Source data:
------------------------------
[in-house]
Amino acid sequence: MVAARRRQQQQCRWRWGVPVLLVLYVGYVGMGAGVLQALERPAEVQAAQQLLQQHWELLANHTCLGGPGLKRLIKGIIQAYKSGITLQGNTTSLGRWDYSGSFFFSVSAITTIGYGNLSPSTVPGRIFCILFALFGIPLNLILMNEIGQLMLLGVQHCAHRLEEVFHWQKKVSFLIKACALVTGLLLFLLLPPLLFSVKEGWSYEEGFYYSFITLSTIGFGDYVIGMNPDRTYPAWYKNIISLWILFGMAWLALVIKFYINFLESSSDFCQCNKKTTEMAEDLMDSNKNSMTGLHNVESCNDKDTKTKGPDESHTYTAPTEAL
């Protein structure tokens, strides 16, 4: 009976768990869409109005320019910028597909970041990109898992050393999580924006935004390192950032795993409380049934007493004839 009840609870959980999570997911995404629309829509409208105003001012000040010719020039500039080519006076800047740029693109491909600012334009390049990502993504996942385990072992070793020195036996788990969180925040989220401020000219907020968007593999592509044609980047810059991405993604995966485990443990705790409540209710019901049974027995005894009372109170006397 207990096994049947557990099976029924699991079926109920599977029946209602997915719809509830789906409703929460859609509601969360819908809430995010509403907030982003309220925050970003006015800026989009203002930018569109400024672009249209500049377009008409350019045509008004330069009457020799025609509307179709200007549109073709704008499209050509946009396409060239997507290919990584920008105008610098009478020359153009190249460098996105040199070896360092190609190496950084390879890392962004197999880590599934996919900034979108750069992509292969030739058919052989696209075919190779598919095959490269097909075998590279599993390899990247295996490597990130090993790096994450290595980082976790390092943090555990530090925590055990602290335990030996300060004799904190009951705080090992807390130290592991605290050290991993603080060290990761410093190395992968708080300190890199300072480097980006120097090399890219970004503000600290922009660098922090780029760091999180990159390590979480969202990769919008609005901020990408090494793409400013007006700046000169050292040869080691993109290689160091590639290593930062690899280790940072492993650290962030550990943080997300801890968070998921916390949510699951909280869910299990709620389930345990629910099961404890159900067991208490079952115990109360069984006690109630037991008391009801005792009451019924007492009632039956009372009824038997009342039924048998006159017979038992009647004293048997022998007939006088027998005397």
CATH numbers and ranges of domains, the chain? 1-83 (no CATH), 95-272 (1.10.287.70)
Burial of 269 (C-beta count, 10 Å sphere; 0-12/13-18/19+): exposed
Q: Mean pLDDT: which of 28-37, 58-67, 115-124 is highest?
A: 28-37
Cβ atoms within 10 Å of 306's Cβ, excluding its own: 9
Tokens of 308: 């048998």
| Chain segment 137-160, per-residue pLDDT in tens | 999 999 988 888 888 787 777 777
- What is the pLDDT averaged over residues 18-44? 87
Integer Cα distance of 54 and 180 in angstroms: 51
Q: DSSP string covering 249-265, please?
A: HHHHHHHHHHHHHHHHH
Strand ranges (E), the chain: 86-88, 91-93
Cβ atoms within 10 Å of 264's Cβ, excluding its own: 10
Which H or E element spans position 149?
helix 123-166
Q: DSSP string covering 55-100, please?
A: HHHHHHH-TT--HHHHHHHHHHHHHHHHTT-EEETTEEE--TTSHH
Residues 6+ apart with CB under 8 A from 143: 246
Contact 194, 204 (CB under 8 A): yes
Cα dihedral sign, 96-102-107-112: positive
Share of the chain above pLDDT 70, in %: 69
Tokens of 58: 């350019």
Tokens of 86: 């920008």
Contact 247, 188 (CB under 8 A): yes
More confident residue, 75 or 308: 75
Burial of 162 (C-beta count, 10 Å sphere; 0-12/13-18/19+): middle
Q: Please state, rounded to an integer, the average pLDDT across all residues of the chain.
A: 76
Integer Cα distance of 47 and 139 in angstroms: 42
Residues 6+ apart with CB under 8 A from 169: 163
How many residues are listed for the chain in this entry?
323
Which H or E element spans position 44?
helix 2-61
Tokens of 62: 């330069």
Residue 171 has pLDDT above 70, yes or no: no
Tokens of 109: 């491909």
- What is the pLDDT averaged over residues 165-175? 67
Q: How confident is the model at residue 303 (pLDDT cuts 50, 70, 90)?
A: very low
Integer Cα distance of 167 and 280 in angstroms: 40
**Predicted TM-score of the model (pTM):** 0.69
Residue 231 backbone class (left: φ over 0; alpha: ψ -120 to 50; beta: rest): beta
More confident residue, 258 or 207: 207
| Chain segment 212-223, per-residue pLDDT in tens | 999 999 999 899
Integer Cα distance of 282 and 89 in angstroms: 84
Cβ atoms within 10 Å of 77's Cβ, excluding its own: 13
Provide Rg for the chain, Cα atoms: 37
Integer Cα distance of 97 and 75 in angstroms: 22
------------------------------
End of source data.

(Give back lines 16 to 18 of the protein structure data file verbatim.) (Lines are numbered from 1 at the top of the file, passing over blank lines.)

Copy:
Cβ atoms within 10 Å of 264's Cβ, excluding its own: 10
Which H or E element spans position 149?
helix 123-166